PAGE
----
Drawings of Alt Architects Shanghai Pavilion entry

The first office from Tehas to succeed in architectural competitions, was my to-be-office alt Architects with our proposal for the Shanghai’s 2010 World Expo Pavilion, receiving an honorary prize. Shortly after that, the group later forming HALO Architects, hit the jackpot winning a competition for Sajos, the Cultural Centre for Sámi people in Finnish Lapland.

These two designs are completely different in terms of form, function and adaptation to climate. While the Expo Pavilion is a wooden cube caved from below with sharp, free-formed geometry, the Sámi cultural centre is a gently curved horizontal mass. But there is a certain shared ethos in them: the nature-inspired forms, spaces and materials, all spiced up with a touch of romanticism.

Miia Mäkinen
Miia Mäkinen
Miia Mäkinen Experiential Nature Resort
Emma Johansson: Anttolanhovi
Emma Johansson: Anttolanhovi
Emma Johansson: Anttolanhovi lakeside villa

These are only two contemporary examples, and the same spirit radiates from many other young architects as well.

From the current younger generation we could mention Miia Mäkinen, a member of Architecture Workshop Tehas, who won the National Diploma work prize in 2012 for her Experiential Tourist Resort of Arctic Nature in Lapland. The design captures and highlights the characteristic qualities of the Northern nature: the polar night with its Aurora Borealis; the brutal sunshine of the spring; and the vibrant colors of autumn. Emma Johansson with her Anttolanhovi Lakeside Villas has been widely published. The big and heavy stone roofs of the villas are rooted to the ground and can be viewed as an antithesis of the dynamic, gravity-defying international starchitecture.

Heikki Muntola, another former member of architecture workshop Tehas, has won many architectural competitions. In his latest works, such as the Black Crane House, Muntola dares to use symmetrical composition. This underlines the stability and stillness of this rural cottage – and can be interpreted as a faint reference to the Postmodern Regionalism as well, although I have a feeling Muntola doesn't agree with me on this one. Generally speaking, Muntola's style can be described as sharp but atmospheric, leaning towards the Modernist tradition.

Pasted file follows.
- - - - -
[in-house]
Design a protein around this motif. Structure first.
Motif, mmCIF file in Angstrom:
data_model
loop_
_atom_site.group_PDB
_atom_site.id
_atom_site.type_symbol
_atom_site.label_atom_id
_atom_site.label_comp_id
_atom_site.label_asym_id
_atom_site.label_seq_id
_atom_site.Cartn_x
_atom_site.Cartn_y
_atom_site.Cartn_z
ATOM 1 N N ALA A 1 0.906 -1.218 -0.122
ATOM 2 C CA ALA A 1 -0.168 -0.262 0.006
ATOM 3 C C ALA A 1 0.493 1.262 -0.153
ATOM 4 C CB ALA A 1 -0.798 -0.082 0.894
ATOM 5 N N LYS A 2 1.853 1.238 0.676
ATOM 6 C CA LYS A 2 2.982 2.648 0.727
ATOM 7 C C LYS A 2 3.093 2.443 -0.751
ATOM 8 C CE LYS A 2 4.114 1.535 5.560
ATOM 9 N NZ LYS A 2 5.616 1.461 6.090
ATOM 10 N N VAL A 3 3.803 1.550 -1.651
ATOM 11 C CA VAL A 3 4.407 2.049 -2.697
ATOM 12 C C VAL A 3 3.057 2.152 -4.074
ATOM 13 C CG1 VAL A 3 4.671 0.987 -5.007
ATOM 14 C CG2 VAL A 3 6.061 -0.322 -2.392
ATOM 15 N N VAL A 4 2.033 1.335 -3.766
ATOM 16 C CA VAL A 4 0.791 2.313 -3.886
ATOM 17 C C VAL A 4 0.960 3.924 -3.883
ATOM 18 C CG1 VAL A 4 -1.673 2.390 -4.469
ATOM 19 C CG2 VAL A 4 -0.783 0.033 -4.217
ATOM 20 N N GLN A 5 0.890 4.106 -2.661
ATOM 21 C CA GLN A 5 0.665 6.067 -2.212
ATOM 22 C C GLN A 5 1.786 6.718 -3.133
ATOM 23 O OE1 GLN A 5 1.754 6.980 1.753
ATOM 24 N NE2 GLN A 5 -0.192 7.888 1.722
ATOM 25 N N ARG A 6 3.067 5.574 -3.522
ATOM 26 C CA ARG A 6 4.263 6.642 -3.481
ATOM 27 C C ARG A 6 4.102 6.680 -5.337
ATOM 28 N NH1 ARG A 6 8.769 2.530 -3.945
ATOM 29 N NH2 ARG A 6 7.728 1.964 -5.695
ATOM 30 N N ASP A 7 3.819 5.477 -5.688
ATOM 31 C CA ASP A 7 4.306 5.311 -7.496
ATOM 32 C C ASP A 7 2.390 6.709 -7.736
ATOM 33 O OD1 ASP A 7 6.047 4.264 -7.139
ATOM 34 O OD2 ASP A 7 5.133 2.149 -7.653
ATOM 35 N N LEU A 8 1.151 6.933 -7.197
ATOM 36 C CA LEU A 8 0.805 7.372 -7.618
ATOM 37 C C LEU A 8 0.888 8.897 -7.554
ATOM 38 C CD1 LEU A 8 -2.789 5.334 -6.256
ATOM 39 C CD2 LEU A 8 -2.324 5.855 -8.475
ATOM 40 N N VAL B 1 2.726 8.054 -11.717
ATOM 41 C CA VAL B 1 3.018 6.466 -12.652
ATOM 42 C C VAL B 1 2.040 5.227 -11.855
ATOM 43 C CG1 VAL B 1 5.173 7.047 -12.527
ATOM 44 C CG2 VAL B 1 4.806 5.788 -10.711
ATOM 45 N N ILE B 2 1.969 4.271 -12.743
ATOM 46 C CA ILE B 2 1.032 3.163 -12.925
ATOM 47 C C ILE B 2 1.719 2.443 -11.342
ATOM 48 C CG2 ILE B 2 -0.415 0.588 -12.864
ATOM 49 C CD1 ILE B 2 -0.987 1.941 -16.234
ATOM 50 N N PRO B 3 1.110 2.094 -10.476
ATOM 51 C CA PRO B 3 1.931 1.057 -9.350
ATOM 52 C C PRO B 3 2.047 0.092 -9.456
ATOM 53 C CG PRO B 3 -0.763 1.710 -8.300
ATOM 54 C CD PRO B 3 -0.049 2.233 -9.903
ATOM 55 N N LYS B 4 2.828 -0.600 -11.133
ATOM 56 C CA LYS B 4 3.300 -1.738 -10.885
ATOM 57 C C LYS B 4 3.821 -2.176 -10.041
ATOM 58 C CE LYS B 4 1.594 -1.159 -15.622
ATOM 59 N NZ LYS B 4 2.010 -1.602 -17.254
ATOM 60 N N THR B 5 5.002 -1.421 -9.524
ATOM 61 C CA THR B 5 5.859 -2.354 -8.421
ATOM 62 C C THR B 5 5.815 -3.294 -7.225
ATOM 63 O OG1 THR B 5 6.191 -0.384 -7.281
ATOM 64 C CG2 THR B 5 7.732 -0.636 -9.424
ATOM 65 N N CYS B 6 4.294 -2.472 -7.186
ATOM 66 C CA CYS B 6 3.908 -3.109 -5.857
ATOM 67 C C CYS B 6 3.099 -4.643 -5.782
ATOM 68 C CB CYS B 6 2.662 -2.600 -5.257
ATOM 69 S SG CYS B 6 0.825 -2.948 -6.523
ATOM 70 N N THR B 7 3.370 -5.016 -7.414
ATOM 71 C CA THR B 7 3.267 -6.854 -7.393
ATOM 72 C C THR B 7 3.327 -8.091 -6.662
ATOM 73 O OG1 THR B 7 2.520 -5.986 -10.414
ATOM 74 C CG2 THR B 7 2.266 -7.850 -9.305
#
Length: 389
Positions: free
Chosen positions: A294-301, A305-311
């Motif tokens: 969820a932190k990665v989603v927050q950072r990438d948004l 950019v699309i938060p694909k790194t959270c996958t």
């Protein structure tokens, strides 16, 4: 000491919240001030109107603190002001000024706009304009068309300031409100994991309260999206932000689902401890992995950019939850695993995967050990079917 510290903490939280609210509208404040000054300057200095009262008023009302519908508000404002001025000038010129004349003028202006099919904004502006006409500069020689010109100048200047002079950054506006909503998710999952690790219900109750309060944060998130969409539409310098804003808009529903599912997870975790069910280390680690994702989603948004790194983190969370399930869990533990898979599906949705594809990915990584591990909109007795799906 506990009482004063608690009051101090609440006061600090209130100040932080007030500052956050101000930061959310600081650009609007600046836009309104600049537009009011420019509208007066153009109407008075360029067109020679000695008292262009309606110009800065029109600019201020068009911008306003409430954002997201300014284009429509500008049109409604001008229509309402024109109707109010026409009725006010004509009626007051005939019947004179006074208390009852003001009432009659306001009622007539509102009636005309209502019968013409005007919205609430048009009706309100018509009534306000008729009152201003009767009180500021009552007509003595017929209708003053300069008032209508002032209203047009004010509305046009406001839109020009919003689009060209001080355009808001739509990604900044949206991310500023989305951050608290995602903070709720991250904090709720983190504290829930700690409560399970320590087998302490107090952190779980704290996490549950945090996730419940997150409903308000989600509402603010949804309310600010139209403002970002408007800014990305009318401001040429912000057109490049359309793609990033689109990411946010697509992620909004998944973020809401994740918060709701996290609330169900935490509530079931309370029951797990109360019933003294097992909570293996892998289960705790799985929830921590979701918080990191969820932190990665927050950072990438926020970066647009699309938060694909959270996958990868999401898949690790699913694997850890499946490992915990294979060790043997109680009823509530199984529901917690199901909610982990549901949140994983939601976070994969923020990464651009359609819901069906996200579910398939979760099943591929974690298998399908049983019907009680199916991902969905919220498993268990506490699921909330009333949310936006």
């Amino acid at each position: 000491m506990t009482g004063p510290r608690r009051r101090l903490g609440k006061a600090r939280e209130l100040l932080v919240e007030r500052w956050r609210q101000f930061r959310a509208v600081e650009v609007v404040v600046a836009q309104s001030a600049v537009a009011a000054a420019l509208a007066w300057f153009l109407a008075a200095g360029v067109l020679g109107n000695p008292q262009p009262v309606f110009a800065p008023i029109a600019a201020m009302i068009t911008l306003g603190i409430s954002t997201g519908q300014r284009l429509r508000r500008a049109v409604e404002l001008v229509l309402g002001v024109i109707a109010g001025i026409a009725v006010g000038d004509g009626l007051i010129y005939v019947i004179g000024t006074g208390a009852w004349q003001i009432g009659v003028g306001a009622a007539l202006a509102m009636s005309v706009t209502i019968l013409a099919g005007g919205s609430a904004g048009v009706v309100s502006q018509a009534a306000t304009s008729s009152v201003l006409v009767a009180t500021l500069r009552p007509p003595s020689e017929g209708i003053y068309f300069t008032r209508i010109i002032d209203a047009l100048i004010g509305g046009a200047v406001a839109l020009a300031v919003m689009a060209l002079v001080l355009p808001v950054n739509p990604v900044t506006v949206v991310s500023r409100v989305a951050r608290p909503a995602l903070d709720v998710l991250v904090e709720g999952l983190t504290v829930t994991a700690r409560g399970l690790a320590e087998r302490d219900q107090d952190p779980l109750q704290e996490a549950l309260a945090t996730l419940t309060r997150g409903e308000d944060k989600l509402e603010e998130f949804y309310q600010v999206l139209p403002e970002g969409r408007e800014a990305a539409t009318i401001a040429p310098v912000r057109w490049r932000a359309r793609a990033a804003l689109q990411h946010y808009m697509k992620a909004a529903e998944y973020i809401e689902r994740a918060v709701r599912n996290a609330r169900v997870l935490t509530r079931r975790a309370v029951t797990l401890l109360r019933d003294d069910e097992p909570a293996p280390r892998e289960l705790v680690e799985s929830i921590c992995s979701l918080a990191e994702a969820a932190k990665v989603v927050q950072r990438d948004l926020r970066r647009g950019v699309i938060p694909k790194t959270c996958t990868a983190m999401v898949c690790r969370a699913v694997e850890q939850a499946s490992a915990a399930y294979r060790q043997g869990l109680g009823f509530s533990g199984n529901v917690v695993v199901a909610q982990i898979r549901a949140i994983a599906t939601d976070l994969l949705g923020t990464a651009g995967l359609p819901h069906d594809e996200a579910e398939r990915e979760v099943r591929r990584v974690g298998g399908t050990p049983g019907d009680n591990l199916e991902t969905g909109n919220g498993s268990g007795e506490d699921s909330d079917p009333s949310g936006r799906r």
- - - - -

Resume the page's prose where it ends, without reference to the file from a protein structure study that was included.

Those attributes can be also attached to the prefabricated zero-energy single family house - concept by Riikka Kuittinen and Virve Väisänen, both further members of the Tehas group as well. Most of the prefabricated houses in Finland are weakly organised plans stuffed inside the skin of tasteless and artificial historicism, so there is serious need for alternatives. Kuittinen and Väisänen have constructed their plans carefully, and even though the exterior architecture leans towards the Modernist tradition, keeping the exterior simple actually connects the design of Finnish tradition better than the fake historicism of the others.

Parametric architecture is another somewhat marginal but interesting trend in the architectural scene of Oulu. Eero Lunden and Toni Österlund, both Oulu-based architects, received the Reima Pietilä prize for their ground breaking work with parametric design methods. Even though the computer generated forms and structures seem to be the furthest thing from nature-inspired architecture, they are often used as an avant-garde approach to imitating the structures of nature.

Eero Lunden & Osterlund's Ligna Pavilion in the Oulu architecture school courtyard
From the slightly older generation one must mention two offices, whose partners have also been teaching in the Oulu School of Architecture. First, Anssi Lassila's (Lassila Hirvilammi Architects) design themes are always rooted to the place and tradition, while all three partners of M3 Architects continue to teach architecture and have influenced in the entire generation of post-2000's graduates in terms of architecture, planning and lighting design.

Architecture inspired by nature is not a particularly new approach in Finnish architecture, but a part of a continuum, descending from the ideas of the grand old men of Finnish Modernism - Alvar Aalto and Reima Pietilä. Nevertheless, the idea remains vital, continuing to strive and renewing itself here in Oulu, on the edge of the world.


Antti Karsikas is a partner of alt Architects , a member of the Architecture Workshop Tehas and a tutor of contemporary architecture at the Oulu School of Architecture